Client: City of Hopkins, Minnesota
Location: Hopkins, MN, United States
Completion date: 2018
Jason Klimoski, Lesley Chang
4th State Metals
Bolton & Menk
Stars during the day, sunlight shines at night. Night and Day is a 20′ diameter disc of stars suspended 12′ in the air, illuminated during the day by the sun, and by a solar powered “sun light” at night. The piece gives visitors a “place amongst the stars” to gather for performances and events. Blending Hopkin’s history of metal manufacturing with its decades’ long stargazing tradition, we used NASA’s star map database and Hopkin’s unique longitude and latitude to map the exact star formation as seen above Hopkins on the summer solstice. Once mapped, the star locations were laser cut into aluminum panels bolted together to create a shallow dome. Four sizes of perforations are used to indicate distances of the various stars from Hopkins (based on calculated magnitudes of brightness). The dome is suspended from 4 cantilevered columns via a series of post-tensioned, stainless steel rods. An x-shaped concrete foundation ties the system together. This structural solution not only allows for a canopy that looks and feels like it is “suspended in air”, but helps to minimize the cross section of the steel columns and significantly reduces the amount of concrete needed for the foundation while still meeting all load requirements.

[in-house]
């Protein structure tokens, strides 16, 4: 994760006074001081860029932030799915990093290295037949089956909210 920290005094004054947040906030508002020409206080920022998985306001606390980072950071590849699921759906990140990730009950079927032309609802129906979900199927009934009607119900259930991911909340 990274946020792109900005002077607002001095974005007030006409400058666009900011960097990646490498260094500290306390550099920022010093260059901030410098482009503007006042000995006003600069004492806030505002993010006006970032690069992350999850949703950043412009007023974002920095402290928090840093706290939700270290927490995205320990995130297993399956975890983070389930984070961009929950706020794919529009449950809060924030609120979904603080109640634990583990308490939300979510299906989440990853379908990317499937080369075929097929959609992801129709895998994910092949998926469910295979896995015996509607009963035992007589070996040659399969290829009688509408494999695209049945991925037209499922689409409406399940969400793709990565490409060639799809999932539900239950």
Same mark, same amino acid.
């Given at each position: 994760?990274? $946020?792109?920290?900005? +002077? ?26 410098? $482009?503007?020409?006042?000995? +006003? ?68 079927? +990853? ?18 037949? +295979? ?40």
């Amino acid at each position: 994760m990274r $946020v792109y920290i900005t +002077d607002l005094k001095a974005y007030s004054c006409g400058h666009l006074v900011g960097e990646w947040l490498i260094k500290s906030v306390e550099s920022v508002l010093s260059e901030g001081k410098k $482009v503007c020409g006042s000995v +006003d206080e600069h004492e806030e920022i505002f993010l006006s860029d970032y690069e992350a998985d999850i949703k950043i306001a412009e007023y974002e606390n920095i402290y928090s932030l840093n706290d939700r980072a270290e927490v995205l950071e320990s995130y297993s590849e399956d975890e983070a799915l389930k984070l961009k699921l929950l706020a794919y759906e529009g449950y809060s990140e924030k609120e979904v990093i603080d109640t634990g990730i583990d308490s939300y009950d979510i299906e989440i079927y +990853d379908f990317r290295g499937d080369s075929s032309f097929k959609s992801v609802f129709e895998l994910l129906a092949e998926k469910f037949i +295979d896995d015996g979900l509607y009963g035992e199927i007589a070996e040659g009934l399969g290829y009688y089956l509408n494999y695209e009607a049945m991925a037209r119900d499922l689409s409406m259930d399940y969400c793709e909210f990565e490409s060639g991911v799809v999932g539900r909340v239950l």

At the center of Hopkins’ Artery development, is a plaza that the city wanted to add an art piece to, that would act define the corridor, and serve as a community gathering space and outdoor performance venue. We wanted to create something that would do this both night and day, and also celebrate Hopkin's role in metal manufacturing and their passion for stargazing. By mapping the unique star formations above Hopkins into a metal shade canopy, we created a place for the community to gather under the stars in the middle of the day. In order to activate the space at night, but minimize the impact on the environment and electrical grid, a solar powered “sunlight” was introduced at the canopy’s center. During the day, the sun charges up a battery bank via a 150 watt solar panel array built into the center top of the disc and wired to an LED panel below. At dusk, a sensor turns on the “sun”, thus bringing the day to the night, extending the usefulness of the plaza and creating a space that can be used as an evening gathering space or outdoor performance venue. The slight curvature of the panels helps focus both light and sound on the space beneath the canopy, avoiding excessive light pollution to the surrounding area, while also providing natural sound amplification.